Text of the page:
The Technology of Trash

The Technology of Trash

Advanced scales and onboard software are helping haulers create more  productive and efficient operations.

Observers often criticize the waste industry for being slow to adopt new technologies. In some ways, the criticism may be deserved. Then again, the industry may have been waiting for technologies better tailored to its needs and budgets. Affordable technologies that target specific needs are arriving on the scene, and waste companies are adopting them.

Today’s in-ground scale systems can resist the effects of water and lightning — longtime problems for transfer stations, landfills and other facilities. At the same time, intelligent scale-house software systems can direct and re-direct drivers when different parts of a facility open and close — a terrific idea for sites that struggle to manage hundreds of trucks arriving and leaving throughout the day.

Then there are new onboard scales that not only sound an alarm when a truck reaches its legal loading limit but can also be set to disable a truck’s lift arms to prevent overloading. That’s a fix for a hardworking driver that keeps coming back with over-the-limit citations. There’s more: Global positioning systems (GPS), route management and communications technologies inside waste truck cabs are making it easier for dispatchers to manage drivers and helping drivers better manage their routes and customers.

Weathering the Environment

Water- and lightning-resistant truck scales appear to be growing in use. Variously called hydraulic and hydrostatic scales by different manufacturers, the devices measure weight with a load cell that compresses a thin film of oil (0.30 of an inch thick) when a load is applied. The pressure pushes tiny volumes of oil through capillary tubes, which deliver the oil to a device that turns the pressure into an electrical signal that is translated into a weight. Because the load cells contain no electronics, lightning strikes and water do not bother them.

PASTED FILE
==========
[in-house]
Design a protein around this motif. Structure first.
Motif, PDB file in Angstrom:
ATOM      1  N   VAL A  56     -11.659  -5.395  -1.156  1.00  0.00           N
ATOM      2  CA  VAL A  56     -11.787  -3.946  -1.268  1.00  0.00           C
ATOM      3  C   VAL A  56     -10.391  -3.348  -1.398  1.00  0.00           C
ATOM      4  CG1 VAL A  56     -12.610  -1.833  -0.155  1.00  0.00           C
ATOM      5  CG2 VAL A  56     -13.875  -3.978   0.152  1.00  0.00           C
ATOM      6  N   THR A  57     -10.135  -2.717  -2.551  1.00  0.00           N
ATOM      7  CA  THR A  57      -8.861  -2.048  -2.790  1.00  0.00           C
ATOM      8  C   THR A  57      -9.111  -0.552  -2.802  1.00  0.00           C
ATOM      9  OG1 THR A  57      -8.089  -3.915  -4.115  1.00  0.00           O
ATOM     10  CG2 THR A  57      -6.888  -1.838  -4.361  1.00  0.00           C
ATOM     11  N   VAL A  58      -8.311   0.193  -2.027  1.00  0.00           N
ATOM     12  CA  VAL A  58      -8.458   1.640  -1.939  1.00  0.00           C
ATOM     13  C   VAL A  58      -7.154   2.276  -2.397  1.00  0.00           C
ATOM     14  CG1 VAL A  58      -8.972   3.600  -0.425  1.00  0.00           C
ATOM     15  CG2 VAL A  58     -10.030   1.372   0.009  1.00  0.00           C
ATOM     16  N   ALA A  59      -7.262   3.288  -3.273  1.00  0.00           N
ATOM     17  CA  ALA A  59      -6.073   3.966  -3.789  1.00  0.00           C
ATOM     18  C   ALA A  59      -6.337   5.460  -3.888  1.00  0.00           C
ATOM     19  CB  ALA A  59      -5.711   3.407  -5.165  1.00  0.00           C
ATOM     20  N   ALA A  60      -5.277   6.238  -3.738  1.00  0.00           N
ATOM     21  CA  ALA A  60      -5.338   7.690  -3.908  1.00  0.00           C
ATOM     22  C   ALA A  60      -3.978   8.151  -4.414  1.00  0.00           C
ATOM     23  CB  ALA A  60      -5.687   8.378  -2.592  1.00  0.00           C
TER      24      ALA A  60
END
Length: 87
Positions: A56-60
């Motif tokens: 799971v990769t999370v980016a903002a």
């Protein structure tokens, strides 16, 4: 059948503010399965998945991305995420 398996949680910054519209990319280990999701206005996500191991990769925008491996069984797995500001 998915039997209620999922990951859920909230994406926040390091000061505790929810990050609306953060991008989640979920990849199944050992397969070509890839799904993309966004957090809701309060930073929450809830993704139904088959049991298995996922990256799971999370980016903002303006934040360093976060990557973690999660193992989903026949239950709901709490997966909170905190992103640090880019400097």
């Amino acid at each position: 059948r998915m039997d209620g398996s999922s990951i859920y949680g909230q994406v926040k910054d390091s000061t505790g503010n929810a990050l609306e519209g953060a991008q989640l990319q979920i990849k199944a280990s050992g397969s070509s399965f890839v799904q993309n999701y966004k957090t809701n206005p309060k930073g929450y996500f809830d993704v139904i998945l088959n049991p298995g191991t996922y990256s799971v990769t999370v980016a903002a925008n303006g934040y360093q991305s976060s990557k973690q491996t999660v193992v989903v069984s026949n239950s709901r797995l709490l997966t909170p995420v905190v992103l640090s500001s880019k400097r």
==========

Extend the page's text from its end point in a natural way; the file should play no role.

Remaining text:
Over the past year, Raleigh, N.C.-based Waste Industries installed two sets of hydraulic scales in its Fayetteville, N.C., transfer station. “These kinds of scales are lightning-proof,” says Jerry Johnson, vice president of capital projects for Waste Industries. “When lighting knocks out a conventional load cell, it can cost $6,000 to $10,000 to replace them. As we change our scales out in our branch operations, we’re replacing them with hydraulic scales.”

The new scales include hydrostatic units manufactured by Seymour, Conn.-based Emery Winslow for the pit beneath the tipping floor of the Fayetteville transfer station. Leak and Associates Inc. handled the installation, which included a chain and hook system that enables cleaning of the scale.

“Using the chain and hook, the maintenance crew can pull the scale out of the pit and clean it and maintain it whenever they want,” says John Leak, president of Leak and Associates. “Suppose a certain kind of trash comes in and flows into the pit. You should clean it out right away, and you don’t have time to schedule downtime for a service company to come in and do the work.”

Waste Industries’ Fayetteville transfer station also installed Guardian hydraulic scales made by Webb City, Mo.-based Cardinal Scale Manufacturing Co. in recent months. “We’re using those scales in our outbound lane to scale the trucks out,” says Leroy Hatmaker, operations supervisor.

Intelligent Diversion

Pinellas County Utilities in Pinellas County, Fla., owns an integrated solid waste disposal facility that includes a waste-to-energy (WTE) plant, two landfills that accept putrescible and non-putrescible waste, an area for yard waste and a public drop-off station.

On most days, trucks deliver 90 percent of their trash to the WTE plant, which can burn 3,150 tons per day. On a typical day, the plant takes in about 3,000 tons, while 200 tons might go to the landfills. “A small portion of the waste is sludge or some other material that we can’t use on the WTE side,” says Deb Bush, operations manager for the facility.